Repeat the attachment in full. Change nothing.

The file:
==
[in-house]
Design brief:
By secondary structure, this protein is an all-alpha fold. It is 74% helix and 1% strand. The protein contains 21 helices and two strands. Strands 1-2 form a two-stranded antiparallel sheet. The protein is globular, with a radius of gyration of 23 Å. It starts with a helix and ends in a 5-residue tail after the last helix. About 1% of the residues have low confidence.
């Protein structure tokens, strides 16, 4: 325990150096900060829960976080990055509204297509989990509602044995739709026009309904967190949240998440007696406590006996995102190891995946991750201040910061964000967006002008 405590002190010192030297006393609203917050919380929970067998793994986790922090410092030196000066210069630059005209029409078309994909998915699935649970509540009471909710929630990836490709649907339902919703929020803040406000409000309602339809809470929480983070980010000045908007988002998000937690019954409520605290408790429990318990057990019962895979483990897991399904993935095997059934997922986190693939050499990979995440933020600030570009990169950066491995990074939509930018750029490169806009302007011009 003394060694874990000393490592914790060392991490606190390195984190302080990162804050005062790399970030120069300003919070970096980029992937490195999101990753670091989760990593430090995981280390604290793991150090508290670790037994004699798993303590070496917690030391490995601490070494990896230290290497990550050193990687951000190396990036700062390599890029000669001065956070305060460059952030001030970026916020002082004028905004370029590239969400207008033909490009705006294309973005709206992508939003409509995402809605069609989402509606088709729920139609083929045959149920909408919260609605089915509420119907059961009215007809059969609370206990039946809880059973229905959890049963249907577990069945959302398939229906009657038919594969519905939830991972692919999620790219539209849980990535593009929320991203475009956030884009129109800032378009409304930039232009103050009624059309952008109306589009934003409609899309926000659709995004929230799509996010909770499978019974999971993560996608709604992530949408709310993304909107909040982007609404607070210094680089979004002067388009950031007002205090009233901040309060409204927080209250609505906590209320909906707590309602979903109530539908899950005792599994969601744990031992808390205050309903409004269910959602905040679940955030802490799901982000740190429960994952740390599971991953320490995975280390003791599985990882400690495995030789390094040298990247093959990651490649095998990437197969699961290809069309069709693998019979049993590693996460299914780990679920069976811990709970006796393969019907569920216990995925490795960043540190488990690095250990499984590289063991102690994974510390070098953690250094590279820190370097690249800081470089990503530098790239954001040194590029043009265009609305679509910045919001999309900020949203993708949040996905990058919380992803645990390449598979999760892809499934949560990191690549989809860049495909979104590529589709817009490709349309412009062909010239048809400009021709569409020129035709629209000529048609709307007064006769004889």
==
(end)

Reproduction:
[in-house]
Design brief:
By secondary structure, this protein is an all-alpha fold. It is 74% helix and 1% strand. The protein contains 21 helices and two strands. Strands 1-2 form a two-stranded antiparallel sheet. The protein is globular, with a radius of gyration of 23 Å. It starts with a helix and ends in a 5-residue tail after the last helix. About 1% of the residues have low confidence.
């Protein structure tokens, strides 16, 4: 325990150096900060829960976080990055509204297509989990509602044995739709026009309904967190949240998440007696406590006996995102190891995946991750201040910061964000967006002008 405590002190010192030297006393609203917050919380929970067998793994986790922090410092030196000066210069630059005209029409078309994909998915699935649970509540009471909710929630990836490709649907339902919703929020803040406000409000309602339809809470929480983070980010000045908007988002998000937690019954409520605290408790429990318990057990019962895979483990897991399904993935095997059934997922986190693939050499990979995440933020600030570009990169950066491995990074939509930018750029490169806009302007011009 003394060694874990000393490592914790060392991490606190390195984190302080990162804050005062790399970030120069300003919070970096980029992937490195999101990753670091989760990593430090995981280390604290793991150090508290670790037994004699798993303590070496917690030391490995601490070494990896230290290497990550050193990687951000190396990036700062390599890029000669001065956070305060460059952030001030970026916020002082004028905004370029590239969400207008033909490009705006294309973005709206992508939003409509995402809605069609989402509606088709729920139609083929045959149920909408919260609605089915509420119907059961009215007809059969609370206990039946809880059973229905959890049963249907577990069945959302398939229906009657038919594969519905939830991972692919999620790219539209849980990535593009929320991203475009956030884009129109800032378009409304930039232009103050009624059309952008109306589009934003409609899309926000659709995004929230799509996010909770499978019974999971993560996608709604992530949408709310993304909107909040982007609404607070210094680089979004002067388009950031007002205090009233901040309060409204927080209250609505906590209320909906707590309602979903109530539908899950005792599994969601744990031992808390205050309903409004269910959602905040679940955030802490799901982000740190429960994952740390599971991953320490995975280390003791599985990882400690495995030789390094040298990247093959990651490649095998990437197969699961290809069309069709693998019979049993590693996460299914780990679920069976811990709970006796393969019907569920216990995925490795960043540190488990690095250990499984590289063991102690994974510390070098953690250094590279820190370097690249800081470089990503530098790239954001040194590029043009265009609305679509910045919001999309900020949203993708949040996905990058919380992803645990390449598979999760892809499934949560990191690549989809860049495909979104590529589709817009490709349309412009062909010239048809400009021709569409020129035709629209000529048609709307007064006769004889």